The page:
Posts Tagged Bald Cypress
Going Bald — Cypress, that is
Posted by piedmontgardener in Favorite Plants on January 20, 2011
I’ve got a thing for deciduous conifers. A conifer is a needle-leaved tree. Pines are conifers; so are firs, hemlocks, junipers, and, well, you get the idea. We usually think of conifers as evergreen — for good reason. Most of them are.
But a select few shed their leaves every autumn, just like maples and oaks. Thus the term, deciduous conifer. Two such trees are native to the southeastern United States: Bald Cypress (Taxodium distichum) and Pond Cypress (Taxodium ascendens). Of these two, Bald Cypress is much more widespread. It’s so tough that landscape companies in the piedmont region use it frequently in urban and suburban settings.
Technically, it’s native to coastal plain swamps, but with help from humans, you can find healthy bald cypress stands in piedmont wetlands. Because the floodplain on our property adjoins a wetland, I knew bald cypress would be happy there. So I planted three young trees about 17 years ago in a low spot close to the wetland.
All three are thirty to forty feet high. Every spring, new bright green feathery leaves adorn the branches. Every fall, those leaves turn a spectacular orangy rust color and linger that way on the trees for several weeks, barring violent wind/rain storms. After leaf fall, the ground is carpeted with rusty feather-leaves until they merge with the soil.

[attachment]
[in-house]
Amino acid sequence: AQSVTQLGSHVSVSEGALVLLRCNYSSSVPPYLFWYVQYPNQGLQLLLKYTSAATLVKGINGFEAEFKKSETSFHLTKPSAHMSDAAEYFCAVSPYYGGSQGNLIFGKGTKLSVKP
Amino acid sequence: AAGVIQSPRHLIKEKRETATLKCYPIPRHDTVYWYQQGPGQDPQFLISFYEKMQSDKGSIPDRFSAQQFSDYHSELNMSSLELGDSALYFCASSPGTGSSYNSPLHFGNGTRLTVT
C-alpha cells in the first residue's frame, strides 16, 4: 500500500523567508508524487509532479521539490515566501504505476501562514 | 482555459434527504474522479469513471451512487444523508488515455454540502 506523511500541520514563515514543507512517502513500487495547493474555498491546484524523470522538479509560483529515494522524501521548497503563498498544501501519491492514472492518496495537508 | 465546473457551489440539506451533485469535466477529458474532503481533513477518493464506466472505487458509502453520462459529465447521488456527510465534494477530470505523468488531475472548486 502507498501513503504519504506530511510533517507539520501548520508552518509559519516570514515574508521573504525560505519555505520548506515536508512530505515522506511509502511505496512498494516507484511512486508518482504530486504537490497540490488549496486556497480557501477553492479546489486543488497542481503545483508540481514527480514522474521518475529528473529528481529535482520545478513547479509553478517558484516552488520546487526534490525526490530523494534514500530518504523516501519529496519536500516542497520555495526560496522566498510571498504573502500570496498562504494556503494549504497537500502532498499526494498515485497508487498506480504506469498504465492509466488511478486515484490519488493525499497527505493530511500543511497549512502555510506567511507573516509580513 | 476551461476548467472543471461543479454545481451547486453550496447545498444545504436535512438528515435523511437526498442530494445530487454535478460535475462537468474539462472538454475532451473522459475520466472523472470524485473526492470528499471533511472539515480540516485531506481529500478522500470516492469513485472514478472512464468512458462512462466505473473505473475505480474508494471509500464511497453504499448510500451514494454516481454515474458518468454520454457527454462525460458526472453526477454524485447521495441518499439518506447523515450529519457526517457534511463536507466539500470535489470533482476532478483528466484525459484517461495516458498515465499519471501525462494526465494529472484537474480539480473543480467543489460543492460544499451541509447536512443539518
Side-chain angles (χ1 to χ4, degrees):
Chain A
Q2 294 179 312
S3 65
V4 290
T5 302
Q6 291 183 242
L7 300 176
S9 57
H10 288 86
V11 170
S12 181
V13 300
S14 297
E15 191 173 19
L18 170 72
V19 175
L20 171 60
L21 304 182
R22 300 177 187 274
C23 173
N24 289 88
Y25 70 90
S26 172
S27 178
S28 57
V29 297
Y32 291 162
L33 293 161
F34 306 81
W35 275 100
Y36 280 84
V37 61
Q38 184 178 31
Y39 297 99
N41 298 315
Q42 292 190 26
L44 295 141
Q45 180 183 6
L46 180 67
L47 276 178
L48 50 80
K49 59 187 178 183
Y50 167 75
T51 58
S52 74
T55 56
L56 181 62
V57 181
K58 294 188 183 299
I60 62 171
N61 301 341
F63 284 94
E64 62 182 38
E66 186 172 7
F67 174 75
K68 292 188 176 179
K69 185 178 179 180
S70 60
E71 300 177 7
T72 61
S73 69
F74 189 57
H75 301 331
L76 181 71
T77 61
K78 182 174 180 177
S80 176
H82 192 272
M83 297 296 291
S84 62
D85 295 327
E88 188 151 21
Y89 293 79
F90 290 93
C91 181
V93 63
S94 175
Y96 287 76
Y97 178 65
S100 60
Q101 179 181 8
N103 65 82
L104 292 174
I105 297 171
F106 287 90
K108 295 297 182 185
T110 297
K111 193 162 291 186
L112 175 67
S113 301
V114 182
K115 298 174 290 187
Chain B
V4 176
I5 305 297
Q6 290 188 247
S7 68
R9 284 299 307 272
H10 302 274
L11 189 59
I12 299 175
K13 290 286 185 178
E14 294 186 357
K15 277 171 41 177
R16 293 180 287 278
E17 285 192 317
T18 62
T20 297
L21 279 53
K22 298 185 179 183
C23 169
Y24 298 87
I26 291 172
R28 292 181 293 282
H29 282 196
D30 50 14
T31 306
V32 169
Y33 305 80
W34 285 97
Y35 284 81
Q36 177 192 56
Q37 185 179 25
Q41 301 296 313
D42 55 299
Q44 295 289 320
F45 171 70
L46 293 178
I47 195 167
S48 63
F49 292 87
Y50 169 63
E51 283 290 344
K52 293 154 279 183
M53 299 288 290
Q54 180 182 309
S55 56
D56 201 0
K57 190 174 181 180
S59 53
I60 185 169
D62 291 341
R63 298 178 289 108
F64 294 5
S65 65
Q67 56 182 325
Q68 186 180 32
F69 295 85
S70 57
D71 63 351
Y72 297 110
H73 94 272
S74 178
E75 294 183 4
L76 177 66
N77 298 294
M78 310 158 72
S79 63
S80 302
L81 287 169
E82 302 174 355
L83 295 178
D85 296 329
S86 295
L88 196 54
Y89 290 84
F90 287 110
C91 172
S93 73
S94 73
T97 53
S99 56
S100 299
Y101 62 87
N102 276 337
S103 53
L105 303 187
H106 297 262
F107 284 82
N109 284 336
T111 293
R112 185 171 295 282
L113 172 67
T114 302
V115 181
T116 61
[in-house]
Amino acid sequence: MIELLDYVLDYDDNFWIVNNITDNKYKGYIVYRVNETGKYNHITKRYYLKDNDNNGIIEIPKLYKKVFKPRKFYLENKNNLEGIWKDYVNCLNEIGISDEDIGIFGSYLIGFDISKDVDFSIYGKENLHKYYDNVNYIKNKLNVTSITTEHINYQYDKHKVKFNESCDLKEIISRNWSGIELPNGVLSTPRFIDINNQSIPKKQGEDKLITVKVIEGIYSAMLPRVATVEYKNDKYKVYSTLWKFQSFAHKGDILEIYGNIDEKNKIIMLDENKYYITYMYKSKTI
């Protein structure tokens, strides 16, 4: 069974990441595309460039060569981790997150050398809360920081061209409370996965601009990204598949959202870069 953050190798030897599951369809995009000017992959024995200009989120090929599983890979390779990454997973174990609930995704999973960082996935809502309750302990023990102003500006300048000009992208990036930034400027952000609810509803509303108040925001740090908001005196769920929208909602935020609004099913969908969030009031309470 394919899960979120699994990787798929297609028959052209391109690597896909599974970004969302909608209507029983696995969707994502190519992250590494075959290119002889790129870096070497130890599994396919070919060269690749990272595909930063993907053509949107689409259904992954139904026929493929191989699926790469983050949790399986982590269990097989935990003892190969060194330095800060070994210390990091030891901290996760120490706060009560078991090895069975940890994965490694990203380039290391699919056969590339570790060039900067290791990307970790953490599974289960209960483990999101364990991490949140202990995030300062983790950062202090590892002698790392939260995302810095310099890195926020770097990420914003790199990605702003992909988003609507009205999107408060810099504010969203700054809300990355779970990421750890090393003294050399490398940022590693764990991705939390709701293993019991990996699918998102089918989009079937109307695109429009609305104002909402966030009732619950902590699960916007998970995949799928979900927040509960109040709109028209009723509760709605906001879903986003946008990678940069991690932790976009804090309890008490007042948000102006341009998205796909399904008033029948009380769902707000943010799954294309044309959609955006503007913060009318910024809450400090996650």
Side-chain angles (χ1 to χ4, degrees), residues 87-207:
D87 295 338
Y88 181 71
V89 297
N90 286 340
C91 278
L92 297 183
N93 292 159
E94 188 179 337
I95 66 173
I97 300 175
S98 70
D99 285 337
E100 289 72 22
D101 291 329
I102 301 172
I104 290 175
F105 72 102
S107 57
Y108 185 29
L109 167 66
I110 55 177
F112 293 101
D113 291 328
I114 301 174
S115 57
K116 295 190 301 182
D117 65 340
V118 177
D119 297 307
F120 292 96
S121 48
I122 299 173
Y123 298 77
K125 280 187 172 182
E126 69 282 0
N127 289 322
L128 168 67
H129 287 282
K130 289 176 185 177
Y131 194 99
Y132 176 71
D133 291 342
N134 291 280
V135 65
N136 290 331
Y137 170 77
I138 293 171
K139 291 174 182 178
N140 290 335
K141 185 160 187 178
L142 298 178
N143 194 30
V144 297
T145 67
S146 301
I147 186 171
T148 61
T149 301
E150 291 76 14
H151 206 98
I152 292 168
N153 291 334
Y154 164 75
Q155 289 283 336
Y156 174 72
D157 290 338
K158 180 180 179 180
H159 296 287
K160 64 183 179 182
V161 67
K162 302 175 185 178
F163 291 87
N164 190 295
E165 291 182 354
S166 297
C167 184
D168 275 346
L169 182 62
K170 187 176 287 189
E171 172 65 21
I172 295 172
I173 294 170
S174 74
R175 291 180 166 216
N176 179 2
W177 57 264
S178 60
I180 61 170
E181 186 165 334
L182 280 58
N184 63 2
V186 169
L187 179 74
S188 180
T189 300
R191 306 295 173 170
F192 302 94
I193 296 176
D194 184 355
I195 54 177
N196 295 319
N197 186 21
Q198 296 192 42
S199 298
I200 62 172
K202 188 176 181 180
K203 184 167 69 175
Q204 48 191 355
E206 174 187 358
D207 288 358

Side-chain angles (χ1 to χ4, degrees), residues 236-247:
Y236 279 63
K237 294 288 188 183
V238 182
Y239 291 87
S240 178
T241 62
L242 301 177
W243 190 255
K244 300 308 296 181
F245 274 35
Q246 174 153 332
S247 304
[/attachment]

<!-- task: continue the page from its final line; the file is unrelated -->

Winter, however, is when these trees really stand out. The bases of their trunks flute out more widely each year as they settle and spread their roots. Knees have begun popping up quite a distance from the trunks. I trip over them regularly when I walk in that area, but I don’t mind. I think the knees just add to the presence of these trees.
As they mature, their reddish bark hangs in strips, providing shaggy appeal. They have no pests that I know of, and they handle drought as easily as they do floods. I can see why landscapers use them.
I love the way they lend presence to the summer green forest canopy, then transform into architectural sculptures for the winter months. I highly recommend this species to any southeastern piedmont gardener seeking something a little different for your landscape.